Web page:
Wednesday, April 6, 2011

Onions and Memories

(family run farmers washing zucchini for the market)

One of the best things about living in a rural community (not too far from the "big city") is the farms and fresh produce.  I had the good fortune to belong to a country family.  A large country family!  Granted, I only had one sibling...a sister, but many, many cousins, aunts and uncles.  And we all lived next door to each other.   Sydney is a very small community, no traffic lights, but for as long as I remember always had a post office.   In fact, that community still only has a post office...and a convenience store. 

But I digress... (whoever came up with that phrase anyway?)  I was given some onions by one of my family members.  So many onions that I knew I wasn't going to use them all before then "went bad", (because two weeks before an aunt gave me a bunch also) so I decided the best thing to do with these was to "put them up"... or freeze 'em. 

When someone asked me, "do you have a food processor?"  "Yep" I say, "two hands and a knife".   They felt sorry for me.  They shouldn't have.  Onion cuttin' gives me a chance to sit and think.   And so I did. 

I thought about growing up in small town, USA.  My life as a child and what I learned from those "farmers".   First, I learned that a farmer is really a gambler.   You never know what the prices, elements or just economy will do to, or for, you and your livelihood.  You learn that there are a lot of sleepless nights, watching the weather reports, sitting with your field either trying to freeze the crops (i.e., strawberries) with water if the temperature dips to try to insulate them for a brief bit so you don't lose your whole crop, and then finding out that your irrigation couldn't do it's job because it was so windy that it blew the water right off the plants. 
(Florida orange groves)

Or worrying about your orange trees in a freeze (you can't water them). So many hardships.  Life isn't glamerous.

But I also learned from farmers, generosity.  Many times we would have a basket or bushel of some vegetable or another at our front door.  No note.  Nothing.  Just the bounty.  Mom would say, or that must've been so-n-so's doing, or "I wonder who this was".  My parents used to love to drive to family or friend's fields and see the progress.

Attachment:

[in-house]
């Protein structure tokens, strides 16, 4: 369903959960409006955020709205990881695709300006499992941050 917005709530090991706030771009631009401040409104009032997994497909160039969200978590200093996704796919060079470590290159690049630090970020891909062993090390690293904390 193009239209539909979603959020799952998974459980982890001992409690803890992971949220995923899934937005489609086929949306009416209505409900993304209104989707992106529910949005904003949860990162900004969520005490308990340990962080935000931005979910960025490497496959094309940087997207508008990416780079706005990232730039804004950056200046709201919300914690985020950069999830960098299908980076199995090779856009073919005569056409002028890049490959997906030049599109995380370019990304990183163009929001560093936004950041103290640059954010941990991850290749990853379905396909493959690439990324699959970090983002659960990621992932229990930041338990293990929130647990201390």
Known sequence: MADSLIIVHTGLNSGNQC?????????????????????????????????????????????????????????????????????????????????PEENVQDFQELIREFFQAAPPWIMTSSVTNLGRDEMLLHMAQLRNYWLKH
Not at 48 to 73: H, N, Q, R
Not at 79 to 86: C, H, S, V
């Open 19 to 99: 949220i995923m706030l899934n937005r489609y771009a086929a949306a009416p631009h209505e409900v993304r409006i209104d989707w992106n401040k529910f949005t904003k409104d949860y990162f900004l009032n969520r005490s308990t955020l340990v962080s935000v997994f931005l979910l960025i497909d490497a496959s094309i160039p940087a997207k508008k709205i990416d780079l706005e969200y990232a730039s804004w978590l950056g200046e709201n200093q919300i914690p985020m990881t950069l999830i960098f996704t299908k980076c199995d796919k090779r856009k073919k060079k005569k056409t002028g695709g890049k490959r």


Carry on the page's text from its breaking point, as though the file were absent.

As a child, I would ride along with them for something to do. Chances were, the owner was present at the field too (this is a definite hand's on business!) and they would give my folks whatever they were picking for the day.  The "number one's", not the culls. 
"Number 1's" bring the top dollar at market.  When my mom would offer to pay, they would act offended that she would even suggest such a thing.  "Now, go on.  Don't you even talk such nonsense" I would hear them say. 

There were times, when one relative's tractor or other equipment would break down.  Up would ride another farmer with his to let him use.  Other times, they would just show up and do the job for them and leave.  Not a word said.   I know this might sound like the movies.  But I had the good pleasure of seeing it first-hand.  I know.  

Maybe it's because the farmer's life is hard that they are so free with their charity.  Or maybe their mama and daddy just raised 'em right.  I don't know, but they are a special breed and I'm proud to know some farmers and, most of all, blessed to have them in my life.

See, putting up onions without a food processor has lots of benefits.  And oh, look how much I put up:

The chopped ones for sauces, stews and other dishes.
The "petals" for grilling and saute.


  1. What a great post! I can relate to every word you said. My family didn't live close like your's put I'm certainly cut from the same cloth as you.

  2. I cry just thinking about it!

  3. I'm the granddaughter of a farmer. I grew up with stories from my mom's childhood on the farm. My grandpa had a huge garden and always gave food to the neighbors. (However, I wonder which neighbors because he lived on a farm... didn't they have big gardens too???... maybe it was so small of an area that everyone was a neighbor!)
    I have to ask... what kept you from crying while cutting all those onions?!

  4. LOL. Caren - they were Florida Sweet Onions. and they're sweeter and better (in my opinion) than Vidalia onions! :)


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